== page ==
The Supreme Court of the United States issued two decisions today:

Epic Systems Corp. v. Lewis, No. 16-285:  Three cases from three different circuits – the Fourth Circuit, Seventh Circuit, and Ninth Circuit – all presented substantially similar facts.  An employee entered into an agreement with his or her employer agreeing to individualized arbitration in any disputes arising between them.  The employee in each case, however, instead brought Fair Labor Standards Act and related state law claims in federal court as class actions or collective actions.  The employees argued – and some of the lower courts agreed – that the Federal Arbitration Act’s “savings clause” removed the obligation to enforce the arbitration agreement as written if it violated some other federal law, here the National Labor Relations Act.  Today, the Court rejected that argument, holding that in the Federal Arbitration Act, Congress has instructed federal courts to enforce arbitration agreements according to their terms – including terms providing for individualized proceedings, and that the National Labor Relations Act does not offer a conflicting command.  

The Court's decision is available here.

Upper Skagit Tribe v. Lundgren, No. 17-387:  Petitioner, the Upper Skagit Tribe, bought land in 2013 where it says tribal members are buried, with an eye towards asking the federal government to take the land into trust and add it to the tribe’s existing reservation.  On that land, a barbed wire fence runs along the boundary between the Tribe’s land and that owned by respondents Sharline and Ray Lundgren.  The Tribe claimed the fence was built in the wrong place, putting an acre of the Tribe’s land on the Lundgren’s side.  The Lundgrens then filed a quiet title action in Washington state court asserting adverse possession and mutual acquiescence.  The Tribe asserted sovereign immunity, but the Supreme Court of Washington rejected that argument, citing County of Yakima v. Confederated Tribes and Bands of Yakima Nation, 502 U.S. 251 (1992), as holding that sovereign immunity only applies to in personam jurisdiction over the Tribe, and not to in rem jurisdiction like in this case.  Today, the Court vacated and remanded, holding that Yakima did not address the scope of tribal sovereign immunity, but only a question of statutory interpretation concerning the Indian General Allotment Act of 1887.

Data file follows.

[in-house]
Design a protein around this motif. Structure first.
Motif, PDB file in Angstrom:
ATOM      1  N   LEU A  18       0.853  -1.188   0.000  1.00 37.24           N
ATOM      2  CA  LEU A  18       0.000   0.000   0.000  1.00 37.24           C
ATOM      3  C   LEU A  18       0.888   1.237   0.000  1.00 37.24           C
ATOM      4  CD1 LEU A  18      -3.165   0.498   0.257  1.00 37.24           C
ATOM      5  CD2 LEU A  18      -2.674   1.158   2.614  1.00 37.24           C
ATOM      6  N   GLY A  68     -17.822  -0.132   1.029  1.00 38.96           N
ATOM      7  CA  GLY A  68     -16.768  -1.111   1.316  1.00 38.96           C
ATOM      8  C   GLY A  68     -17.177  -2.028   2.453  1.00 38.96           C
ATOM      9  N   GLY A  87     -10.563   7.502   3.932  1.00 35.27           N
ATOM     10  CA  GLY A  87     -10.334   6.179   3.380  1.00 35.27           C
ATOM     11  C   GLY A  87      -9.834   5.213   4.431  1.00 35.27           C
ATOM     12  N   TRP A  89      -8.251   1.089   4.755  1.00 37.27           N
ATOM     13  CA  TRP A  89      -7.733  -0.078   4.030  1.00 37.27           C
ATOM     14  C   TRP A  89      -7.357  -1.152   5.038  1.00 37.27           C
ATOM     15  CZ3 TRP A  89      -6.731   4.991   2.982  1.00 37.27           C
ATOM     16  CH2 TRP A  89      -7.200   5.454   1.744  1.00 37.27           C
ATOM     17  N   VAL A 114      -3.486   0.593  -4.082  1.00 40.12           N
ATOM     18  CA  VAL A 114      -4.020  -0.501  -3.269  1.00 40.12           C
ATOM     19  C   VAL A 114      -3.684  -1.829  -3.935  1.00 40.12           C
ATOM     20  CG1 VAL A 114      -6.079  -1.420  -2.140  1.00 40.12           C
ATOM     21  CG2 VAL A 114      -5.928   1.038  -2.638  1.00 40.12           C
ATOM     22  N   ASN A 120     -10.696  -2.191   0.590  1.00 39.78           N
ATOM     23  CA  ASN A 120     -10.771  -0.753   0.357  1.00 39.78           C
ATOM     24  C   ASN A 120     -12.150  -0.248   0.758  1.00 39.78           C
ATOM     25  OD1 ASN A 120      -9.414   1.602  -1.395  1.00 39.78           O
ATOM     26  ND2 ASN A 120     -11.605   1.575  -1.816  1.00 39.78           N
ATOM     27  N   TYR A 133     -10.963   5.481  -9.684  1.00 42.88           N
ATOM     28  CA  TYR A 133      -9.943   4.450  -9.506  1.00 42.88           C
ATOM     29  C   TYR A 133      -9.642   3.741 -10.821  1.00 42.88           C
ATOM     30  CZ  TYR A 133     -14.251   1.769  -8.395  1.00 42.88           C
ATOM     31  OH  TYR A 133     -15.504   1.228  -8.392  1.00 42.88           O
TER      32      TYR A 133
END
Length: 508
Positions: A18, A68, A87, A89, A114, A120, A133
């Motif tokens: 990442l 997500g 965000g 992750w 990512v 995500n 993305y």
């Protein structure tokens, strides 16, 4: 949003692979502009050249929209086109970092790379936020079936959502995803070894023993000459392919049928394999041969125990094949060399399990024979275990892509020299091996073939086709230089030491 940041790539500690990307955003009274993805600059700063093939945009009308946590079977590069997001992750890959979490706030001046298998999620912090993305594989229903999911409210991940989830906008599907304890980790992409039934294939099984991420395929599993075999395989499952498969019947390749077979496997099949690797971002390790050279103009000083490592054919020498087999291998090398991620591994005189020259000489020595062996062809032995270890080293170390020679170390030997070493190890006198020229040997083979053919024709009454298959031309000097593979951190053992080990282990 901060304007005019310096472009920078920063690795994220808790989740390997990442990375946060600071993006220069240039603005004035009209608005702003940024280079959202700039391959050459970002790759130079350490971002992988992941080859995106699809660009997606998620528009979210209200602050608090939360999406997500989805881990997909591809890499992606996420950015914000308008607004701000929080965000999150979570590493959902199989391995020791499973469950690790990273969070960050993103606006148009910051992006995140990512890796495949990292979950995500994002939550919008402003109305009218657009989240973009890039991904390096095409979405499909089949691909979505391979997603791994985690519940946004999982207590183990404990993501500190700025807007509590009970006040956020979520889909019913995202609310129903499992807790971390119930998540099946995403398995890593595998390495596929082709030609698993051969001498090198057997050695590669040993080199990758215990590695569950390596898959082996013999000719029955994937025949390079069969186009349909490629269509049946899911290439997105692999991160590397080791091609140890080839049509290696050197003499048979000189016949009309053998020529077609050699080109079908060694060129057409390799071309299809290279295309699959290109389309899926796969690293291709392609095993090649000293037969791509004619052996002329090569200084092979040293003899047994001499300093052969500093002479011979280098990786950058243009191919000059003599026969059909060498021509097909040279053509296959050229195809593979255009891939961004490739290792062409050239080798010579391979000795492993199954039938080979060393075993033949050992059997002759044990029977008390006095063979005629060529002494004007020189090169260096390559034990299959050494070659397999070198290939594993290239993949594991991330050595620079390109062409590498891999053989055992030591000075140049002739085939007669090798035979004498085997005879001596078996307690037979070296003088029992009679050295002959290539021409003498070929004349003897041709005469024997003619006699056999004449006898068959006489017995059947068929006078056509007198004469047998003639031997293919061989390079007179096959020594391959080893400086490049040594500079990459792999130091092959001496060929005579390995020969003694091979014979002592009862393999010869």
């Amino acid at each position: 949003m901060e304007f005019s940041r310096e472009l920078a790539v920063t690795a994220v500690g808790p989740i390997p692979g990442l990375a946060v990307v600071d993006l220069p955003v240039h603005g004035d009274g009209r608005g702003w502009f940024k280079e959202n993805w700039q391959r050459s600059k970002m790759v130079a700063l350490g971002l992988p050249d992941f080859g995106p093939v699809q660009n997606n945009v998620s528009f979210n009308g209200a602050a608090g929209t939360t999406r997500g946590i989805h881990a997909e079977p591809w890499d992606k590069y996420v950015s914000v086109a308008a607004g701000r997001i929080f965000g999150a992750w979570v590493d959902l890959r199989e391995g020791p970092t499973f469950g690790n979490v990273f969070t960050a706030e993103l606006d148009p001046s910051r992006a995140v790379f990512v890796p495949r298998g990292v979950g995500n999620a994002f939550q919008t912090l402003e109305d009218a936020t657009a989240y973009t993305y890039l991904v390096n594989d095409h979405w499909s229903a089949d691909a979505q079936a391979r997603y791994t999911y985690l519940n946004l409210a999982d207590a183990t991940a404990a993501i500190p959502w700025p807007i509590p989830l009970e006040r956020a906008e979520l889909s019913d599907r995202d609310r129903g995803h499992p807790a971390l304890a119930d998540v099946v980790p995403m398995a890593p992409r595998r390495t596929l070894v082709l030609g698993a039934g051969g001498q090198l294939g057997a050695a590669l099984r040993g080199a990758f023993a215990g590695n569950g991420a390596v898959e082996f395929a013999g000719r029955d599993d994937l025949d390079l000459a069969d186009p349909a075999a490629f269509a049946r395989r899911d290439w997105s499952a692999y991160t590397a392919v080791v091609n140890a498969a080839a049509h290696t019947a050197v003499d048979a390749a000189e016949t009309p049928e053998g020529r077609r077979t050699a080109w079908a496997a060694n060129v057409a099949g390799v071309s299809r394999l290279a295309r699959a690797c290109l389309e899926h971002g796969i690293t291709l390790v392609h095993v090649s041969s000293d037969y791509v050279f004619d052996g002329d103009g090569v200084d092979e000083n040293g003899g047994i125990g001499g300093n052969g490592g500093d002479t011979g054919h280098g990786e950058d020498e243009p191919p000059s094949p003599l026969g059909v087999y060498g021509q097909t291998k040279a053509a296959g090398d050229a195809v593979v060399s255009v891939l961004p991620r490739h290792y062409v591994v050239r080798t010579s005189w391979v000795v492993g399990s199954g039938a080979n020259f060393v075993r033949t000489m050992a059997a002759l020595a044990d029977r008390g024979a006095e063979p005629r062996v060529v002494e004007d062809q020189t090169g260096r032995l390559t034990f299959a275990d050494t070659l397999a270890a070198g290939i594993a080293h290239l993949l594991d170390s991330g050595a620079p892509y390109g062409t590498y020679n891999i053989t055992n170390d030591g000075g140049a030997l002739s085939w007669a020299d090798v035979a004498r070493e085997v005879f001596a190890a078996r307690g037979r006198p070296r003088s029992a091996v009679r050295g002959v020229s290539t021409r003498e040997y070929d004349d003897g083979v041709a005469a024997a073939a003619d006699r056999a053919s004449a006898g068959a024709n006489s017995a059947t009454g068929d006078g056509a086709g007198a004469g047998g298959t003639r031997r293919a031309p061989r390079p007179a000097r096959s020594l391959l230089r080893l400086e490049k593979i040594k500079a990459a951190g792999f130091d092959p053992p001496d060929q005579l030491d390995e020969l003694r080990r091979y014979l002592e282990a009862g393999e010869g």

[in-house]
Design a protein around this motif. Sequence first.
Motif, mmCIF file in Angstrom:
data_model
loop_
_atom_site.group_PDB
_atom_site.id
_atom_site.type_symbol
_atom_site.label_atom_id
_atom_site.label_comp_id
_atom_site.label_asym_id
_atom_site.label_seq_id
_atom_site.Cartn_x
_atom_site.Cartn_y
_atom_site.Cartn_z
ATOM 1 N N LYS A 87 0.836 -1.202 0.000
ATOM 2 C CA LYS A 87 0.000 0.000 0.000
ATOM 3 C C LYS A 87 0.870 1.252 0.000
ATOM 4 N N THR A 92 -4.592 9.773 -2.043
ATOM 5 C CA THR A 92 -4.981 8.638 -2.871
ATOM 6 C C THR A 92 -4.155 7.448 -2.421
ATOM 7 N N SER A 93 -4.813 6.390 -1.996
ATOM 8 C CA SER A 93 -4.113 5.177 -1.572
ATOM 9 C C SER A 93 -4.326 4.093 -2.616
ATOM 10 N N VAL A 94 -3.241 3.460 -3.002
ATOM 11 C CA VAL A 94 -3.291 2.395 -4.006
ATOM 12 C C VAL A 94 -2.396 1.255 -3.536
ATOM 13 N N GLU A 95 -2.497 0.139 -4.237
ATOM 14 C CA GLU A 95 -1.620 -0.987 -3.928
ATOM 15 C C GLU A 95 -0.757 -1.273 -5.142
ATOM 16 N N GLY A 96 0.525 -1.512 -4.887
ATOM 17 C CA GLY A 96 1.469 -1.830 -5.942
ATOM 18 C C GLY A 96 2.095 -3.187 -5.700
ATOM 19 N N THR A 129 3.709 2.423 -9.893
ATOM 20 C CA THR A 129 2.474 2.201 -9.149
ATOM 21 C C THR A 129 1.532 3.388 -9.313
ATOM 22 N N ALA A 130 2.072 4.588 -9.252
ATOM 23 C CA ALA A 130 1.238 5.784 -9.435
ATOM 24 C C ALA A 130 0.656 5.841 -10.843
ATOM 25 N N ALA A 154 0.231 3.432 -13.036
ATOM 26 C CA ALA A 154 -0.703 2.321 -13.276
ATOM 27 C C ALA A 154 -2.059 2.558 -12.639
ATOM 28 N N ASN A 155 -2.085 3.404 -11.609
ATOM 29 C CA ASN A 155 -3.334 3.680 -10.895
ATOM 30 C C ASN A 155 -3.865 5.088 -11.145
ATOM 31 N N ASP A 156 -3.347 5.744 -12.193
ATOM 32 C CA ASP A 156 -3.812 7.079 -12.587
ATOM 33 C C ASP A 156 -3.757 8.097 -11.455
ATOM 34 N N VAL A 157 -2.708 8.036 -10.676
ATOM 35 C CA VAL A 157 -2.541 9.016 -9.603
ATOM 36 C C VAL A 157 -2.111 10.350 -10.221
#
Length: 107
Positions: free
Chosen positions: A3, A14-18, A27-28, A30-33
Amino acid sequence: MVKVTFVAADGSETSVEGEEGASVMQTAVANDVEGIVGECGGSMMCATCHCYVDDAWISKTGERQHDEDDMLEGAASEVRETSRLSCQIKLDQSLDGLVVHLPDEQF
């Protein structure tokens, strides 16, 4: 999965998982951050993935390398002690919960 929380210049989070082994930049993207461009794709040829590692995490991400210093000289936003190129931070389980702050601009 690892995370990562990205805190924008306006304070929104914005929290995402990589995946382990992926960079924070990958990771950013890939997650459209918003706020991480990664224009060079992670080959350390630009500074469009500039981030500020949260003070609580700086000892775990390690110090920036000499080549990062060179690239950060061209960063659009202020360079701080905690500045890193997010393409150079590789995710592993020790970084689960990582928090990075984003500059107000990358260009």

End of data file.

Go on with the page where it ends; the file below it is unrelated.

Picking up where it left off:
The Court's decision is available here.

Today, the Supreme Court granted certiorari in four cases:

Jam v. International Finance Corp., No. 17-1011:  Whether the International Organizations Immunities Act – which affords international organizations the “same immunity” from suit that foreign governments have, 22 U.S.C. § 288a(b) – confers the same immunity on such organizations as foreign governments have under the Foreign Sovereign Immunities Act, 28 U.S.C. §§1602-11.

Royal v. Murphy, No. 17-1107:  Whether the 1866 territorial boundaries of the Creek Nation within the former Indian Territory of eastern Oklahoma constitute an “Indian reservation” today under 18 U.S.C. §1151(a).

Virginia Uranium, Inc. v. Warren, No. 16-1275:  Does the Atomic Energy Act preempt a state law that on its face regulates an activity within its jurisdiction (here uranium mining), but has the purpose and effect of regulating the radiological safety hazards of activities entrusted to the Nuclear Regulatory Commission (here, the milling of uranium and the management of the resulting tailings)?

Culbertson v. Berryhill, No. 17-773:  Whether attorney fees for Social Security benefits claims subject to 42 U.S.C. §406(b)’s 25-percent cap include, as the Sixth, Ninth, and Tenth Circuits hold, only fees for representation in court or, as the Fourth, Fifth, and Eleventh Circuits hold, also fees for representation before the agency.